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“Every journalist who is not too stupid or too full of himself to notice what is going on knows that what he does is morally indefensible.

“He is a kind of confidence man, preying on people’s vanity, ignorance, or loneliness, gaining their trust and betraying them without remorse. Like the credulous widow who wakes up one day to find the charming young man and all her savings gone, so the consenting subject of a piece of nonfiction writing learns—when the article or book appears—his hard lesson. …The catastrophe suffered by the subject is no simple matter of an unflattering likeness or a misrepresentation of his views; what pains him, what rankles and sometimes drives him to extremes of vengefulness, is the deception that has been practiced on him. On reading the article or book in question, he has to face the fact that the journalist—who seemed so friendly and sympathetic, so keen to understand him fully, so remarkably attuned to his vision of things—never had the slightest intention of collaborating with him on his story but always intended to write a story of his own. The disparity between what seems to be the intention of an interview as it is taking place and what it actually turns out to have been in aid of always comes as a shock to the subject.”

The Journalist and the Murderer: Janet Malcolm

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Dairy Queen Princess


Hard to believe the first Dairy Queen opened back in Joliet, Illinois in 1940

The soft-serve ice-cream giant began business in Joliet, Illinois, on June 22, 1940, with Sherb Noble as its founder.  Soft-serve ice cream was created by John Fremont McCullough and his son Alex in Iowa in 1938. Noble and McCullough were friends; Noble offered to sell the new style of ice cream in his Kankakee ice-cream shop.  The ice cream was a big hit, leading the team to open the first Dairy Queen.  It was one of the first food chains to offer franchises, and went from only 10 stores in 1941 to over 6,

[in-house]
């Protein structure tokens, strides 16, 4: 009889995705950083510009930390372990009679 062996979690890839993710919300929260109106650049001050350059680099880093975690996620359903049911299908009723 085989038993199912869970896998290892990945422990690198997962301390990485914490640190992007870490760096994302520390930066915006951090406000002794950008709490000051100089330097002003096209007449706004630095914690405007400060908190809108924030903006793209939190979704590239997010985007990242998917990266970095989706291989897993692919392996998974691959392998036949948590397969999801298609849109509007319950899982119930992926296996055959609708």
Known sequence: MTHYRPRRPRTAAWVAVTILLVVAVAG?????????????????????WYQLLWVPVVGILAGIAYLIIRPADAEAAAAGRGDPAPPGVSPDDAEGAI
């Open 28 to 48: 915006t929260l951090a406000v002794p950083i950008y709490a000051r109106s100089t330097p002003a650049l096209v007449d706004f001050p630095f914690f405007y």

RTWT at: The birth of the fast food restaurant

dairyqueen.jpg

When I get hot and sweaty from workin’ in the sun,
I head down to her corner for a tall, cold, frosty one.
When I’m with my DQ princess I’m never there alone.
For just another dollar, she’ll gladly dip my cone.

My baby’s a Princess of the Dairy Queen.
I crave her flavor. She don’t treat me mean.
She’s a smooth vanilla softy. She’s the center of the scene.
My baby’s a Princess of the Dairy Queen.

aacmn-dq.jpg

My baby makes me order my big banana frozen.
The boys line up to see her. She’s the one that’s chosen.
She’s just a small town mama but still an ice cream star.
She’s the only one around who’ll grab your Dilly Bar.

My baby’s a Princess of the Dairy Queen.
I crave her flavor. She don’t treat me mean.
She’s a steamed hot chocolate malted. She’s the center of the scene.
My baby’s a Princess of the Dairy Queen.

dairy_queen_1956_sweet16_01.jpg

She ‘s got a long blonde pony tail, wears tight white shorts,
With a polka dot bikini top. She plays all the midnight sports,
And she’ll whip you up a sundae, maybe top it with a cherry,
But tomorrow she’ll be serving it to Curly, Moe, or Larry.

My baby’s a Princess of the Dairy Queen.
I crave her flavor. She don’t treat me mean.
She’s deep-fried tofu toffee. She’s the center of the scene.
My baby’s a Princess of the Dairy Queen.

dqueeniowacity.jpg

Down at her DQ she’s some games that you can play,
Like “Ninja Warrior Pinball,” or “CyberRoad to Mandalay.”
She’s workin’ hard for tips all the big boys wanna slip her.
She’ll gladly change your dollars and let you pump the flippers.

My baby’s a Princess of the Dairy Queen.
I crave her flavor. She don’t treat me mean.
She’s a deep dip Dilly Bar. She’s the Blizzard Breeze supreme.
My baby’s a Princess of the Dairy Queen.

atthedairyqueenparkinglot.jpg

She’s the town’s roadside attraction.
She’s the center of the summer’s action.
It’s just a little job — pumping soda for the jerks.
It don’t pay all that much, but she’s never out of work.

My baby’s a Princess of the Dairy Queen.
I crave her flavor. She don’t treat me mean.
She’s a hot fudge filly. She’s the center of the scene.
My baby’s a Princess of the Dairy Queen.

DQPRINCESS.jpg

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The Lost Blackboards of Oklahoma

The first group of historic chalkboards was discovered last June in four classrooms on the second floor that were having their old blackboards replaced with whiteboards and smart boards. Underneath the blackboards were thin slate boards covered in math, music and handwriting lessons, hygiene tips, student names and brilliantly colored chalk drawings dated November 30th and December 4th, 1917.